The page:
Raise your hand if you’re a business owner who has NEVER been approached for an event sponsorship or donation, of some kind. (Crickets. Crickets.) It’s nearly impossible. Everyone from Little League to large scale community festivals, are on the search. Groups both large and small need sponsors. And this is GOOD for your business.
Event sponsorship is often a low-cost marketing option. It is a great opportunity to brand your company within the community. Events provide face-to-face direct exposure to new customers that is not possible through traditional media. Partnering with community organizations provides credibility to your business, while allowing customers the opportunity to connect on their terms.
Partnering with community organizations provides credibility to your business, while allowing customers the opportunity to connect on their terms.
Benefits to Sponsoring a Community Event
Exposure: Events allow you to display new products, showcase your services, and provide samples to new customers. Often this exposure extends beyond the day of the event with website, social, and promotional materials.
Category Exclusivity: Competition can be fierce. At events, you can be the sole provider of products and services in your category. This is a great opportunity for companies like insurance agents, banks, and automotive groups to get an exclusivity not available in other marketing platforms.
Access to Mailing Lists and Lead Generation: Events that offer door prizes, drawings, or event newsletters are collecting valuable data. People are often willingly to give their information to events, as they are a trusted source. Provide a prize for the event. Request a lead generating question be asked during the registration process (perfect for online register-to-win!). This is a great way to capture additional data.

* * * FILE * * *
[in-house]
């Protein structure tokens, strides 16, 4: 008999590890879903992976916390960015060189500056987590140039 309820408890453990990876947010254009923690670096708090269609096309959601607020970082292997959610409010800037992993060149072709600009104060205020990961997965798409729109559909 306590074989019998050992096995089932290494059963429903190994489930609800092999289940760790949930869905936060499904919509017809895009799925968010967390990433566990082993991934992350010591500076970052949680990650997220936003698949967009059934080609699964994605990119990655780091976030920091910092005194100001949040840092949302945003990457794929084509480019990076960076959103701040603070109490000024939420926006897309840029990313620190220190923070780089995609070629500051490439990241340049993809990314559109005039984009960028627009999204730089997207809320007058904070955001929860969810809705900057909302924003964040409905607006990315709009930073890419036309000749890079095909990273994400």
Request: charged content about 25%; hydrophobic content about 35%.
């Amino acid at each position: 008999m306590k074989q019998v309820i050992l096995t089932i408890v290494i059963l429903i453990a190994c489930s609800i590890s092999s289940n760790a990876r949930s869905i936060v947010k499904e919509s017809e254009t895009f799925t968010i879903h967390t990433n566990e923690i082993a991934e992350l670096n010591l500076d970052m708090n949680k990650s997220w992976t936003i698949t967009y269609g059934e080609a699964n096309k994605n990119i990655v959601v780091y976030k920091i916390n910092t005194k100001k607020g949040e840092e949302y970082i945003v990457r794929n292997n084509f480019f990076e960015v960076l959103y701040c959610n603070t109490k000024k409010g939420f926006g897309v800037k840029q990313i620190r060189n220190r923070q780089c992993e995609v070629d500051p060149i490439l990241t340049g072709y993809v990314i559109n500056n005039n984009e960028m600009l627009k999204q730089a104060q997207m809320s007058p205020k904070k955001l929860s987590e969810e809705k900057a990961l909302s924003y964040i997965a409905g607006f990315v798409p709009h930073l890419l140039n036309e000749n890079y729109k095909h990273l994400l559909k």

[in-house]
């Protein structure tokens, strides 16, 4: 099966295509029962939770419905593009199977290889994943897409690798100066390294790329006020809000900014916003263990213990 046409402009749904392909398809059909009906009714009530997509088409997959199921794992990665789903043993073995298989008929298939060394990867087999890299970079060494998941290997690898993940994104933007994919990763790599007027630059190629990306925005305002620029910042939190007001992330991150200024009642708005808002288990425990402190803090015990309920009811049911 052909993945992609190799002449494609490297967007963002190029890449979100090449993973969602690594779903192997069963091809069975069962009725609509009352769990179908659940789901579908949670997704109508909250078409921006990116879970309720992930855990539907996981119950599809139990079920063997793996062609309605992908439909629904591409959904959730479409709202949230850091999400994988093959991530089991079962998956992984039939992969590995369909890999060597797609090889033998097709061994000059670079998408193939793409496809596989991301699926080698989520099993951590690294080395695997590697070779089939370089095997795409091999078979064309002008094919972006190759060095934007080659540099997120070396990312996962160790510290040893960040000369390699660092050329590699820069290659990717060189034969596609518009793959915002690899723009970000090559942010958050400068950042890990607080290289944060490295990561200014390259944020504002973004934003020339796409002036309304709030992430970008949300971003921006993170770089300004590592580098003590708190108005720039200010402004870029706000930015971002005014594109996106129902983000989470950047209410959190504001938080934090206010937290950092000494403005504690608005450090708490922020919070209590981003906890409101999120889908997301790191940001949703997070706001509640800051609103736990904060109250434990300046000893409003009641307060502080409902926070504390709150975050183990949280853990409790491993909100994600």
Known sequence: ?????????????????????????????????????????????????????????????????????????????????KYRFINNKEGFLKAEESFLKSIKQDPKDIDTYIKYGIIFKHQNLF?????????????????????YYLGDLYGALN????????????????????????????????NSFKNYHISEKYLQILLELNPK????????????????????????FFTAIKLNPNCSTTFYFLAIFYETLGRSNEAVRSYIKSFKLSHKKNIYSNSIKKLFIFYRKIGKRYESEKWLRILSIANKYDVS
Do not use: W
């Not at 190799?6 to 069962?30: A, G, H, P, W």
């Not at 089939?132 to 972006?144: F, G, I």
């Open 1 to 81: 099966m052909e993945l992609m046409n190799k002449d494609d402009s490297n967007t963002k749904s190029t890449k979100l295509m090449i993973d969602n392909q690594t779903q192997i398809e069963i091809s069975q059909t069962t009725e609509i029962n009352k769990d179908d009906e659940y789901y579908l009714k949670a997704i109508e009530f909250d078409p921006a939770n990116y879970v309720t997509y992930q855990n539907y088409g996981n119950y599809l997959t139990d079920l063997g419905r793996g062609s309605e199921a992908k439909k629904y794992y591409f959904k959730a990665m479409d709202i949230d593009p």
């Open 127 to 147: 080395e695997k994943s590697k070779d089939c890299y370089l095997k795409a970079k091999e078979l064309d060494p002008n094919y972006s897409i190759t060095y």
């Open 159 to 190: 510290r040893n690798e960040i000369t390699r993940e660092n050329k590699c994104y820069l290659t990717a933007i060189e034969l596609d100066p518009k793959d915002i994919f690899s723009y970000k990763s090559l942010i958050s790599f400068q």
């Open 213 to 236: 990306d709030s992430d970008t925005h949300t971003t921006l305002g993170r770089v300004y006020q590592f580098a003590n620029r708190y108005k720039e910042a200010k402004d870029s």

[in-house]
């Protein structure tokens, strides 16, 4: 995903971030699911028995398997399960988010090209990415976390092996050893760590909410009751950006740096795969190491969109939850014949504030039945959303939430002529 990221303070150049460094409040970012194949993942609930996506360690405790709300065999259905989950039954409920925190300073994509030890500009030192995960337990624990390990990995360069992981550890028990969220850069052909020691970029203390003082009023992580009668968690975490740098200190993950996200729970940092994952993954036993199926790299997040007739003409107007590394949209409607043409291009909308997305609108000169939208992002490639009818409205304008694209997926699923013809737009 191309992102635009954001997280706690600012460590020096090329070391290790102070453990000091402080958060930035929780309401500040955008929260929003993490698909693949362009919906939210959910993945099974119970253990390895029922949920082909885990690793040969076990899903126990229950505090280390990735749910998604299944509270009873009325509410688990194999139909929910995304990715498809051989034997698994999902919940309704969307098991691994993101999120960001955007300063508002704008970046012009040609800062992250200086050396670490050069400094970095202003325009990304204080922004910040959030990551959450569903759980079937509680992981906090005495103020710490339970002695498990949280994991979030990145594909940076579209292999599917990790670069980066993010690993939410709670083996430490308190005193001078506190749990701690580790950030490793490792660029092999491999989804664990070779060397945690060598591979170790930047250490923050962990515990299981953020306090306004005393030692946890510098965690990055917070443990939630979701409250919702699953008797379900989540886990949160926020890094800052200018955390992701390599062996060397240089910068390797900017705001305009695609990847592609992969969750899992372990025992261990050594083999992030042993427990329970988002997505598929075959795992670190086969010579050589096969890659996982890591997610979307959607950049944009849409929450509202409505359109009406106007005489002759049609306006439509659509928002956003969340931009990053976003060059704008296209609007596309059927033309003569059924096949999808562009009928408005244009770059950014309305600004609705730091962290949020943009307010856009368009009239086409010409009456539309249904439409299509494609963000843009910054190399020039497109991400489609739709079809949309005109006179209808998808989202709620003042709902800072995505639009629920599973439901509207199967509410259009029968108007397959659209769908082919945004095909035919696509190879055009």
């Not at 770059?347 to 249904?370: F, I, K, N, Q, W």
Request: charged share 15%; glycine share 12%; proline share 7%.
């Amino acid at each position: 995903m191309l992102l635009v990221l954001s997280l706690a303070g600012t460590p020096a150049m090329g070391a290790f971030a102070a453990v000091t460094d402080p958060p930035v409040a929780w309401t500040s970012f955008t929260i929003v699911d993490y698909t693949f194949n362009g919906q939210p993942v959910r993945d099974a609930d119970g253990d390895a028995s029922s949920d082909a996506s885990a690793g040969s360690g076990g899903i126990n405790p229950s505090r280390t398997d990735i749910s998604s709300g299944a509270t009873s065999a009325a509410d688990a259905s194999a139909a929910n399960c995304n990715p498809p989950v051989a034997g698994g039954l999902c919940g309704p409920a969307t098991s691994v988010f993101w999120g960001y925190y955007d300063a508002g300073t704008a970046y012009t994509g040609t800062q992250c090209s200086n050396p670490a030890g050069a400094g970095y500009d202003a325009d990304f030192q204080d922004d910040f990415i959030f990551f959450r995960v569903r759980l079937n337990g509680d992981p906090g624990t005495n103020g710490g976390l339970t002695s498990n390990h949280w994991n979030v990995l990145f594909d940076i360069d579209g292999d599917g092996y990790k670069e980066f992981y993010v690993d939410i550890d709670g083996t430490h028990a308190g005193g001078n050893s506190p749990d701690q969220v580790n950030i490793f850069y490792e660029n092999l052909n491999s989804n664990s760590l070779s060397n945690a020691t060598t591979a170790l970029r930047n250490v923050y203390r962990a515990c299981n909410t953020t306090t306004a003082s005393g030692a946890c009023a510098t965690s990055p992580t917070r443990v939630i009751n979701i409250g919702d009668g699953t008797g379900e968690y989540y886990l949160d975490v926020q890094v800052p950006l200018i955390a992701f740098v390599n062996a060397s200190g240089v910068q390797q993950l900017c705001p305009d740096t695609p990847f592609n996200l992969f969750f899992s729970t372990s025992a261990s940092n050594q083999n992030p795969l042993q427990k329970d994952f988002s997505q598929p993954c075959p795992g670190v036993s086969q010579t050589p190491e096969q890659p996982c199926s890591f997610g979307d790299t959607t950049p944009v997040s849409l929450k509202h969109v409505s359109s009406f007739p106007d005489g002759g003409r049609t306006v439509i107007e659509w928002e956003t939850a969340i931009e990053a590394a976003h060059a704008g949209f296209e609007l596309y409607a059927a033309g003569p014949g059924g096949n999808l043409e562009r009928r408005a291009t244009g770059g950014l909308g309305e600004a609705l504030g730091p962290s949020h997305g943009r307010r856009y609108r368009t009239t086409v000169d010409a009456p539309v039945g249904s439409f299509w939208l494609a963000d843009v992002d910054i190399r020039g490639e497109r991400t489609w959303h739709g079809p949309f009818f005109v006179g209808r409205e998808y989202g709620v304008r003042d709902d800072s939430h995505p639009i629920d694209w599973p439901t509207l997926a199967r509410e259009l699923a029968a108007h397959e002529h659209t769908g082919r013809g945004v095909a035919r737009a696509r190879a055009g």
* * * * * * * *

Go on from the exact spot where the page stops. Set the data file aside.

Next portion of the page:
Track Your Target Audience: Through mobile-tracking and geo-fencing, events are able to capture visitors’ information and then serve them marketing messages after the event. For example, visitors who attend the Tuckessee Hunting & Fishing Expo, can later be served your ad featuring outdoor products or services AFTER the event.
How do you know which event partnerships are right for you? Unfortunately, you won’t get a straight answer from the event industry. Event sponsorship is akin to the Wild West. There are not clear outlines to the perceived value and costs for sponsorships. Some event directors have an over inflated sense of importance.
Five Things to Look for (and ask) When Considering Event Sponsorship
Flexibility – Will the event allow you to customize the sponsorship and think outside the standard booth space? If so, work with the event director to develop something creative and unique to your business.
Pre (and post) Event Marketing – Ask for their marketing and promotions plan. See where sponsors are included in this plan. Often, event marketing provides sponsor inclusion in both logo placement and name mention. It could also include email campaigns in which your ad can be included.
Other Sponsors – Do other companies have buy-in? If you’re a small business, you could align your brand with other big-name players in the community. Ask how many sponsors return each year. If a sponsor has multi-year buy in, it is often an indicator that the event is good to work with and provides value.
Value – Sponsorship packages should include the value, not just the cost. Value is determined by the things that may not have a hard cost, but are still of importance to a business. When discussing the event, ask about the total value. Good events have great relationships with the local media. They should also include things such as on site mention, logo presence, video or social media exposure.
Date and Time – Make sure the location, date, and time of the event work for your business. Plan to attend, if possible. Event directors should have done their homework to ensure the event does not conflict with other major community events.
Questions on Event Marketing? Ask our event experts!